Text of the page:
The Mark of a True Friend
“A real friend is one who walks in when the rest of the world walks out.” – Walter Winchell
I’ve always been someone who struggled in the friendship department. I’d like to think that this was mostly out of my control, because growing up as an only child had contributed to me being a socially stunted person. Unlike other kids with siblings, I had to learn through trial and error at school (which made it painfully embarrassing) how to get along with others, share, and make and keep friends.
I have made COUNTLESS mistakes over the years in my friendships, which have led to many awkward and sad friendship breakups. Part of it was that I was young, and my immaturity caused me to misjudge others and deal terribly with disappointment and betrayal. But a bigger part of it was that when it came to people I regarded as my close or “best” friends, I held them to an extremely high standard. In a sense, I treated them as family—for better and for worse. Because I didn’t have siblings of my own, I made up for this by treating my friends as my siblings. On one hand, I confided in them for almost everything, lavished gifts on them whenever I could, invited them to hang out with me, and treated their problems as my own. On the other hand, I had unrealistically high expectations for how they would treat me in return. I expected that, like family, these friends would love me unconditionally (even when I made a mistake), would be 100% honest with me, and would always be there for me.
This view of friendship lasted very long in my mind, although my experiences time and time again proved this to be wrong. It wasn’t until very recently that I finally understood that friendship was never meant to substitute family, and how to identify and keep true friends.
In an ideal world, there would be no betrayal, no gossip/slander, no dishonesty, no sins committed against one another. But unfortunately, the world we live in is not ideal. Even Christians, who strive to be Christ-like and unified—unconditionally loving one another as brothers and sisters, often fall short and end up hurting one another. But nevertheless, I do think there are friends worth keeping and friends better left behind.
Let me introduce you to one of my best friends (I don’t use that term lightly), Felicia Lee. I’ve known Felicia since my freshman year of college, after meeting her in Gen Chem lab. At the very beginning of our friendship in 2014, she was already going out of her way to help me (on lab reports, Spanish, you name it). Despite being incredibly busy herself, she took the time out of her schedule to help me on lab reports that she herself had already finished. In the years that followed, we were friends who said hi in passing, but we didn’t really get close until our junior year, when we were in the same Physics lab group. At the time, I was quite lonely on campus because my closest friend had left for study abroad. So naturally I began spending more time Felicia and Maddie (our mutual friend). In our senior year, Felicia and I both began to grow in our spiritual walk—it’s as though we both went through a spiritual growth spurt at the same exact time. As fellow verbal processers, we shared our journeys with each other and encouraged each other in our walks. From a friend, she became my sister in Christ. But little did I know, that was only the beginning of the important role she would play in my life.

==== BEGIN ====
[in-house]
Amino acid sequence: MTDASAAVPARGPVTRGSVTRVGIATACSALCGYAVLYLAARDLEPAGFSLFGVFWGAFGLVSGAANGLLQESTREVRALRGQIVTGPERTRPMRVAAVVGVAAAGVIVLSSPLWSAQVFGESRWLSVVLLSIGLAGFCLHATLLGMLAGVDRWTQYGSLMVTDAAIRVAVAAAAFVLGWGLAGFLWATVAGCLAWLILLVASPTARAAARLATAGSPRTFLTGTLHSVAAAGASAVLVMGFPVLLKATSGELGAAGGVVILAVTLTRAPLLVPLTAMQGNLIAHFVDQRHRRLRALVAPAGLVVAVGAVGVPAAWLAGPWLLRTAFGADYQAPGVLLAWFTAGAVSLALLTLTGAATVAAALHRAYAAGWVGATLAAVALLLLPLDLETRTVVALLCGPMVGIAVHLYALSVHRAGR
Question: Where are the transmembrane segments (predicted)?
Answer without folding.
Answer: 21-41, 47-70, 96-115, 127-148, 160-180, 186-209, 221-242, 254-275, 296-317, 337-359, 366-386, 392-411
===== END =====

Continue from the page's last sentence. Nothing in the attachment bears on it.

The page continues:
This past year has been arguably the hardest of my life. Soon after graduation, I began dealing with debilitating anxiety. At the time, one of the only people I could open up to was Felicia. Despite living on the other side of the country and the time difference, she called me almost every day to check up on me, spending hours on the phone with me—praying for me and encouraging me to trust God. Although she was busy working full-time in ministry, she went out of her way to be a shoulder for me to lean on. As if things couldn’t get worse, I went through betrayal and heartbreak one after the other. People I thought were my true friends broke my heart. I really had no one to turn to. I could count the number of people I trusted on one hand. I knew that in this season, our friendship had become one-sided in the sense that I was always the one needing emotional support. I felt like a burden, but Felicia never made me feel like one. She spoke truth into my life like no one else had before, sat with me in my pain (for long periods of silence), and prayed for me. She was a God-given lifeline for me in the toughest of times.
While I was complaining to God about people who had betrayed my trust, I was blinded to the fact that he had blessed me with one of the truest and most loving friends I could ever ask for. How do you tell a true friend from a fake friend? One way to tell is: when everyone else is jumping ship from your life, a true friend stays behind and holds your hand through it. When you have absolutely nothing to offer them, yet they choose to stay by your side. When they don’t say what you want to hear, but what you need to hear. I could honestly go on and on about the reasons I have to be thankful for Felicia, but you get the gist. And she is hardly the only true friend that I’ve been blessed with—there are many more that would take me too long to name. You know who you are, if you are reading this. But ultimately what I want to emphasize is that, I’m grateful to all of the friends who left me at my lowest, because I can now really appreciate and spot a true friend when I see one.